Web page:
AMS clashes with UNA over lack of student consultation

The AMS has expressed concern about a proposed bylaw change that would remove an AMS-appointed seat on the University Neighbourhoods Association (UNA) Board without student consultation.

The UNA is a non-profit society that serves the residents of UBC’s residential neighbourhoods. Currently, there are five elected and three appointed directors, with two UBC-appointed members and one appointed by the AMS.

“[The UNA] decided to do a fulsome consultation with the university but essentially ignored consulting with students,” said former AMS VP Academic and University Affairs Max Holmes.

“The UNA really showed that they cared more about their relationship with the university than they did about the students who actually live within the neighbourhoods.”

In a January report, the UNA’s bylaw working group justified the proposed changes by writing that “a fundamental aspect of democracy is absent with a mix of appointed and elected directors.”

They recommended that the UNA create a formal channel of communication with the AMS in lieu of the director seat. Holmes said that while the AMS believes that the UNA is committed to a formal relationship, they haven’t shown that they respect the voices of students.

At the UNA’s January Board meeting, AMS VP External Cristina Ilnitchi — the current AMS-appointed director — expressed concerns about the lack of student consultation when the bylaw changes were initially presented to the Board. At the February meeting, former AMS President Marium Hamid and Holmes gave a presentation to the directors on the AMS’s position.

The AMS is pushing for a voting student member position to remain on the Board, who could be either appointed or elected, and they requested to be consulted at the same level as the university .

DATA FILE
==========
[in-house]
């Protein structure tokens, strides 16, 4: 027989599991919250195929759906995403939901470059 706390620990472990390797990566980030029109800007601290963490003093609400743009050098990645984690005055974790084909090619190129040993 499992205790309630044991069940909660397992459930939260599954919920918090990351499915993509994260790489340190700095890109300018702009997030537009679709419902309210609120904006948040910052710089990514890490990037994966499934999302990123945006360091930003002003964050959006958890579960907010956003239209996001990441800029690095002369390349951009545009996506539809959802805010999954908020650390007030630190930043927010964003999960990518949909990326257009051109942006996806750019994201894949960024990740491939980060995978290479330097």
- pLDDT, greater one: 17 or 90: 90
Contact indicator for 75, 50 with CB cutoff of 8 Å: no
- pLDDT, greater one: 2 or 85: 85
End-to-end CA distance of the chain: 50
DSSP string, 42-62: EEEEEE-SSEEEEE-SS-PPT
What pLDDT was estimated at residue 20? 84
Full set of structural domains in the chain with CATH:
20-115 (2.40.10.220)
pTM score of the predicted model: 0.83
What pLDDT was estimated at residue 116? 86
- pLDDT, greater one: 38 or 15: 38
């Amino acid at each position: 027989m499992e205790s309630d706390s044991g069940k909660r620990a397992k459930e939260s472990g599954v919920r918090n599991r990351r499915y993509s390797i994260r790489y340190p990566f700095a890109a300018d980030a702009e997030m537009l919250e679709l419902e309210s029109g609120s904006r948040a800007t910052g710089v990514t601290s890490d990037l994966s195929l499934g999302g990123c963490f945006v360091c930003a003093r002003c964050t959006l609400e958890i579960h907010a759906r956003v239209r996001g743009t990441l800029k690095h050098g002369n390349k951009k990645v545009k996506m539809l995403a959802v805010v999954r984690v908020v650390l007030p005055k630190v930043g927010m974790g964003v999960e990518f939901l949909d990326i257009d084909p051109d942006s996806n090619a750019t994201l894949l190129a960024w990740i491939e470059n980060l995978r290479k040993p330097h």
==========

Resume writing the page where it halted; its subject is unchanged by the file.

Holmes explained that the position of students as a large minority community of renters, rather than property owners, makes them more vulnerable than the average UNA resident. Losing the student seat on the Board means that those students — and their issues — lose a voice within the UNA.

“The UNA has heard the AMS’s concerns and is now in the process of conducting consultations with partners, including the AMS ... all UNA members, including student members, will have the chance to vote on the changes in a Special General Meeting,” wrote UNA Board Chair Ying Zhou in a statement to The Ubyssey.

According to a recent UNA newsletter, this meeting is "expected to take place late spring."

If the UNA moves forward with these changes, the AMS is ready to advocate against UBC funding the UNA during next year’s budget consultation process.

“We don’t see a reason why the university should be giving them monetary support...and discounted access to facilities that are often built with student dollars,” said Holmes.

“We’re never going to support a proposal that gets rid of that student representation, and that's the sticking point for us.”

In a statement to The Ubyssey, UBC Associate Vice-President Campus and Community Planning Michael White urged the two bodies to find a common solution.

“UBC is committed to the success of the UNA and acknowledges the UNA’s interest in evolving governance,” White wrote. “UBC encourages the AMS and the UNA to work together through this process to identify ways in which the two organizations can continue to work together on matters of mutual interest.”